I think a 'sin tax' is perfectly justified for tobacco and alcohol and if it ever gets legalized, pot, too. The people who are engaging in riskier behaviors should pay their share of taxes to contribute to paying for their future extra medical care. Basically, they should 'pay to play'.

Believe it or not, I haven't ever used pot (because I have the worst luck in the world getting caught at doing even the most minor naughty things like little white lies and speeding), and probably wouldn't use it if it was legalized due to my prescription medications and asthma (I suppose I could always bake some brownies, though....).

TK-8252
07-03-2007, 11:57 PM
Why do so many people think it should be taxed so highly? Is there no love for the free market here? No love for capitalism? And why would the U.S. not be ready for legalization? We're just as ready as ever. Our prisons are overcrowded with non-violent drug offenders, our police are too tied up with the War on Drugs to go after real criminals, and too many kids my age are getting off to bad starts in life as they're arrested, fined, have their license suspended, and given a long-lasting distrust of police. I find it hard to believe that this is even a debate. Common sense leads us to believe that legalization is the only sane thing to do.

Totenkopf
07-04-2007, 12:05 AM
Why do so many people think it should be taxed so highly? Is there no love for the free market here? No love for capitalism? And why would the U.S. not be ready for legalization? We're just as ready as ever. Our prisons are overcrowded with non-violent drug offenders, our police are too tied up with the War on Drugs to go after real criminals, and too many kids my age are getting off to bad starts in life as they're arrested, fined, have their license suspended, and given a long-lasting distrust of police. I find it hard to believe that this is even a debate. Common sense leads us to believe that legalization is the only sane thing to do.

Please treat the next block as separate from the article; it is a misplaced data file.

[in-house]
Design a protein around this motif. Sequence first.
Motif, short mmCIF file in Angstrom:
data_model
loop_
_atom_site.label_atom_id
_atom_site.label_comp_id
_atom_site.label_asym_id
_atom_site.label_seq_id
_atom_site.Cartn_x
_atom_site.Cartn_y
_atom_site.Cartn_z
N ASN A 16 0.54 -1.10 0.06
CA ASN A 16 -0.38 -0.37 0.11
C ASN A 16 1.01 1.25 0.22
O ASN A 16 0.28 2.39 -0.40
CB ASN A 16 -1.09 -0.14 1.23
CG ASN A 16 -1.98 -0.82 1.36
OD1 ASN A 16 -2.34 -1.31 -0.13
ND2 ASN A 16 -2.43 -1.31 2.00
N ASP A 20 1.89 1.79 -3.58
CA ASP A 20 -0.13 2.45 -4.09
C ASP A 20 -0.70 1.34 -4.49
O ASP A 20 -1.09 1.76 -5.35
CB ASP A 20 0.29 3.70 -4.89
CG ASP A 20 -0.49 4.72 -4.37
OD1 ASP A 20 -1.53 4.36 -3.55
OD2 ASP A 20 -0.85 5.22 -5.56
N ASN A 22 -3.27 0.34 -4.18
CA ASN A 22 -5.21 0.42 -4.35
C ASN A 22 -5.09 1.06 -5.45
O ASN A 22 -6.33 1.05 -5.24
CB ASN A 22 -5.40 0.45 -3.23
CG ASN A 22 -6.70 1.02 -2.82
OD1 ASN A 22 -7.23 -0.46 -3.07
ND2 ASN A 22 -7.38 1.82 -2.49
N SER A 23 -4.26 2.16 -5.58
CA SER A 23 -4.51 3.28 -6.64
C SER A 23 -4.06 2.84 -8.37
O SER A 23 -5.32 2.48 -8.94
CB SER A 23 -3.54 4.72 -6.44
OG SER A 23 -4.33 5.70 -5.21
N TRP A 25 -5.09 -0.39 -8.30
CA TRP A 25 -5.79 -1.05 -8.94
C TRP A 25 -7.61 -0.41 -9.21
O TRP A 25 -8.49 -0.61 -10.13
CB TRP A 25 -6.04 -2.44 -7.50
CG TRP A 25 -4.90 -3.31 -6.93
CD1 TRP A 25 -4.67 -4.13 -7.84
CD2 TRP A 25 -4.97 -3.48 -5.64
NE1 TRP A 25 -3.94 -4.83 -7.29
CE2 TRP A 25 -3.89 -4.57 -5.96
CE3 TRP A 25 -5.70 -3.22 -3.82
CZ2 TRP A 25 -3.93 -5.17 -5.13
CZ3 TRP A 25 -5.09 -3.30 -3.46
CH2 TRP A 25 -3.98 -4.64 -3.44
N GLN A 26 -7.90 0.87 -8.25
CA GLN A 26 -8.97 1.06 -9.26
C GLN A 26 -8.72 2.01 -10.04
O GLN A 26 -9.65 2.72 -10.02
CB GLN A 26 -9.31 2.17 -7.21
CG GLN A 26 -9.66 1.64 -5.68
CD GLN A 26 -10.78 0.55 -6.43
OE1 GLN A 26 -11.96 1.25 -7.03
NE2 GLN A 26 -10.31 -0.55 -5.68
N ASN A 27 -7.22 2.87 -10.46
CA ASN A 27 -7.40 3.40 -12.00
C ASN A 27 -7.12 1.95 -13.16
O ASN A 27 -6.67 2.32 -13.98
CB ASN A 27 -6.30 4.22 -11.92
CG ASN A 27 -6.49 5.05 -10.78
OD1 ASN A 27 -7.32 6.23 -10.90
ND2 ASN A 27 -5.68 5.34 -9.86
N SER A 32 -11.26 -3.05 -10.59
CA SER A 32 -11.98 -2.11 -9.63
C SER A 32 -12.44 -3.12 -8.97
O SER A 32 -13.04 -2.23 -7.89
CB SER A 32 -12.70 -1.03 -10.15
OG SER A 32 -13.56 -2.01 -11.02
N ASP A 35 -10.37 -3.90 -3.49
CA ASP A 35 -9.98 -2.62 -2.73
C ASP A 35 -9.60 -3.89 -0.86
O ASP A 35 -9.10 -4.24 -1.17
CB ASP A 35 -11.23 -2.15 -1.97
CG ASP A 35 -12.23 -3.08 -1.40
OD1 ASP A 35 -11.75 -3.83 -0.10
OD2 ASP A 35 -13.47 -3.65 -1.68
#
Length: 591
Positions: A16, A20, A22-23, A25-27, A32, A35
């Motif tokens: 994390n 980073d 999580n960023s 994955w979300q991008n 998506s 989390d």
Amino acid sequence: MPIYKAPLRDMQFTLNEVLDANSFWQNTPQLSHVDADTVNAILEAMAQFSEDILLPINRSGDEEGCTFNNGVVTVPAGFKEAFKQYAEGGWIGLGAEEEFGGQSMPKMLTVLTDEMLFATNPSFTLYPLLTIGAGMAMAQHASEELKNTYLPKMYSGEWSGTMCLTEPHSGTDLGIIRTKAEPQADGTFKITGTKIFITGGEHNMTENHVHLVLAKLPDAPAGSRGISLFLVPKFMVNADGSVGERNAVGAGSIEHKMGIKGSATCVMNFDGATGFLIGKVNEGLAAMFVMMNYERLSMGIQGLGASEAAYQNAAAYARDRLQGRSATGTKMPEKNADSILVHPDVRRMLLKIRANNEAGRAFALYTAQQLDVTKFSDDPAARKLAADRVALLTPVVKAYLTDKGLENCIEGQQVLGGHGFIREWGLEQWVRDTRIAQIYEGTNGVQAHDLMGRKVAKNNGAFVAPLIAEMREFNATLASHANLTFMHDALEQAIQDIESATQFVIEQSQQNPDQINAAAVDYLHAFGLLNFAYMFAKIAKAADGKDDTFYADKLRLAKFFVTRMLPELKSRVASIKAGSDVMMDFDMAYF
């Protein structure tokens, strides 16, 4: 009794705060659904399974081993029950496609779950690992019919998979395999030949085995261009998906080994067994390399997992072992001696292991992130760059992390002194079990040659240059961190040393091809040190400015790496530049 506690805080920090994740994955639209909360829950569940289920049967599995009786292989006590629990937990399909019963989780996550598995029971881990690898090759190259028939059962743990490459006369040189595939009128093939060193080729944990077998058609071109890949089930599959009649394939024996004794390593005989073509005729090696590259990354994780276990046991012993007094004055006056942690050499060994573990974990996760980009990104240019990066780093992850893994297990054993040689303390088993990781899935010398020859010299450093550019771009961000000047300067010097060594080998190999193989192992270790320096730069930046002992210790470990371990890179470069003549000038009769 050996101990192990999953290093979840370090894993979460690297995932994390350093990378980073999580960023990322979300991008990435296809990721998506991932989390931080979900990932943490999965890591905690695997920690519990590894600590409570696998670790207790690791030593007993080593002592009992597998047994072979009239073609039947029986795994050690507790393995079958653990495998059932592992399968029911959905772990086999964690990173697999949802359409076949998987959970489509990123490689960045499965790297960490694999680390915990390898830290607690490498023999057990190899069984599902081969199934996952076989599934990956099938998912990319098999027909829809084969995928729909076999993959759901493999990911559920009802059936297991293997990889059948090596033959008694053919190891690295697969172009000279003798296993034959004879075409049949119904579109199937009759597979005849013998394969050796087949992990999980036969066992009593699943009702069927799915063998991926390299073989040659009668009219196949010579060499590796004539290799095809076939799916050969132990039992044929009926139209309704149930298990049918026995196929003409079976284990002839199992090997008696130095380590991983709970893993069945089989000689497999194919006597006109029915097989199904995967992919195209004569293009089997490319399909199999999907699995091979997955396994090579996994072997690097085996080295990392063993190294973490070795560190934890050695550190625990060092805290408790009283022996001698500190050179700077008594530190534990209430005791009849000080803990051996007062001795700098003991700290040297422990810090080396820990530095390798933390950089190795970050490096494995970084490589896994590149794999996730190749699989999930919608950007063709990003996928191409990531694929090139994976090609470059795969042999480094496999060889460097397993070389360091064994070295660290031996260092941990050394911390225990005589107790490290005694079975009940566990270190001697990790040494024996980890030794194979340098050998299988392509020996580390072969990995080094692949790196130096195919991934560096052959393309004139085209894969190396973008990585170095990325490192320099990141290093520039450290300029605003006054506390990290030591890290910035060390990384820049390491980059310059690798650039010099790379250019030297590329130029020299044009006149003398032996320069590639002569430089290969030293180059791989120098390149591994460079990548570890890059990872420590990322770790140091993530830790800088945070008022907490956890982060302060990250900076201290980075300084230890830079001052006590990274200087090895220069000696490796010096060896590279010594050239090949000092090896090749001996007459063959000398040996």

Why do you think it should be an exception? It would get hit with "sin taxes" just like cigarettes. What do you envision as a fair price for a pack of blunts anyway? Matter of fact, the whole paraphenalia market could be bled as well as the legalized dope. Afterall, the government would ONLY allow it to be legalized b/c they'd be taxing it in the first place.

TK-8252
07-04-2007, 12:47 AM
Why do you think it should be an exception? It would get hit with "sin taxes" just like cigarettes. What do you envision as a fair price for a pack of blunts anyway? Matter of fact, the whole paraphenalia market could be bled as well as the legalized dope. Afterall, the government would ONLY allow it to be legalized b/c they'd be taxing it in the first place.

I'm a capitalist, and I don't think that there should be any kind of heavy taxes on any product. These taxes just create more criminal activity, and that means the government has to spend more money to have the police clean up to mess.

What is a fair price for a pack of blunts? What the market will bear. It's all about supply and demand. And if the government bureaucrats would only allow something to be legalized because they would make money off of it, then they're some greedy bastards who need to go find other jobs where they're not in the position to rob people of their money. There's something called freedom in this country, and perhaps they need to realize this concept.